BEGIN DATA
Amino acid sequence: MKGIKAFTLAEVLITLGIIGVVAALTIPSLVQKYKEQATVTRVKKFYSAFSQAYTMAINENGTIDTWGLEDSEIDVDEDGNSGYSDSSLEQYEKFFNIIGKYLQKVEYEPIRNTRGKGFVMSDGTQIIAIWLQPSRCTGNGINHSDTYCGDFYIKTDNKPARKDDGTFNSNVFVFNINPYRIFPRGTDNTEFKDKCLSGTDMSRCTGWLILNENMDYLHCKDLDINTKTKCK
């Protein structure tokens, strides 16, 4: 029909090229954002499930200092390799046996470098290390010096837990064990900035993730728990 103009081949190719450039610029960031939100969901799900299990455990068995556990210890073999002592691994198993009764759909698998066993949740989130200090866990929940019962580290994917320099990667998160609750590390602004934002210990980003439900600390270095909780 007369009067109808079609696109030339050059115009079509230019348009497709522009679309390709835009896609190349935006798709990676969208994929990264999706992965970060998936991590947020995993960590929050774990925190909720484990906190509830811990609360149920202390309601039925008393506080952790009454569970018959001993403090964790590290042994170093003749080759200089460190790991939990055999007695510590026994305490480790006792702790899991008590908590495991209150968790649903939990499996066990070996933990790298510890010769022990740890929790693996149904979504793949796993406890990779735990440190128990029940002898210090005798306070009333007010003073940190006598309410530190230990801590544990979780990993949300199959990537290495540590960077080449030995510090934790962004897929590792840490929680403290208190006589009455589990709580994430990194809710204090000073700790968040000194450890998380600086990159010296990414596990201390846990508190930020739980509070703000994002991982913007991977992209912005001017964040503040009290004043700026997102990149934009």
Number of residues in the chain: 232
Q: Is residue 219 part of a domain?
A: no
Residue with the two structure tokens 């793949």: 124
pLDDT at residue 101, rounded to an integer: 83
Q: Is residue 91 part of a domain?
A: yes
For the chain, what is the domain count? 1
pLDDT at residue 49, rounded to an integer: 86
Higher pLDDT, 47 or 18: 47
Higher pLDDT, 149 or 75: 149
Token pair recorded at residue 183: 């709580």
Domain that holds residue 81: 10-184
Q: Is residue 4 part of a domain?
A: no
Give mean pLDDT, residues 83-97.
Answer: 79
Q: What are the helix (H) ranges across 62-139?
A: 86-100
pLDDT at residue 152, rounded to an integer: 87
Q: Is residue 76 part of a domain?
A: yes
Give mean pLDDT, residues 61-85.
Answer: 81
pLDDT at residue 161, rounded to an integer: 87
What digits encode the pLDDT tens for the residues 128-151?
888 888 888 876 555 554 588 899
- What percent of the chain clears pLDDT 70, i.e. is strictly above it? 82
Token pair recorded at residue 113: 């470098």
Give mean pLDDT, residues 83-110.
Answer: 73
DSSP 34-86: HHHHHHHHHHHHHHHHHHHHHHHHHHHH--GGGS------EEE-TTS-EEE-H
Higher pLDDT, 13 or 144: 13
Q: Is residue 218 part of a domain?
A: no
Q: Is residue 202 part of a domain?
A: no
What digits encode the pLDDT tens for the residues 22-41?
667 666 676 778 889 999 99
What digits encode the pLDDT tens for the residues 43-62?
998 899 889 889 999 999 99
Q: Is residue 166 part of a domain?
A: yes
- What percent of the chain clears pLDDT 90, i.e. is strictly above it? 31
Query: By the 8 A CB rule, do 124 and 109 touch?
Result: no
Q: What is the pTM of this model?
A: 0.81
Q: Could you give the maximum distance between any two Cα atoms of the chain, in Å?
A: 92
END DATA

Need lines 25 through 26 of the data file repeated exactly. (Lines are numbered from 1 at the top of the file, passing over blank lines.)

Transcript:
Give mean pLDDT, residues 61-85.
Answer: 81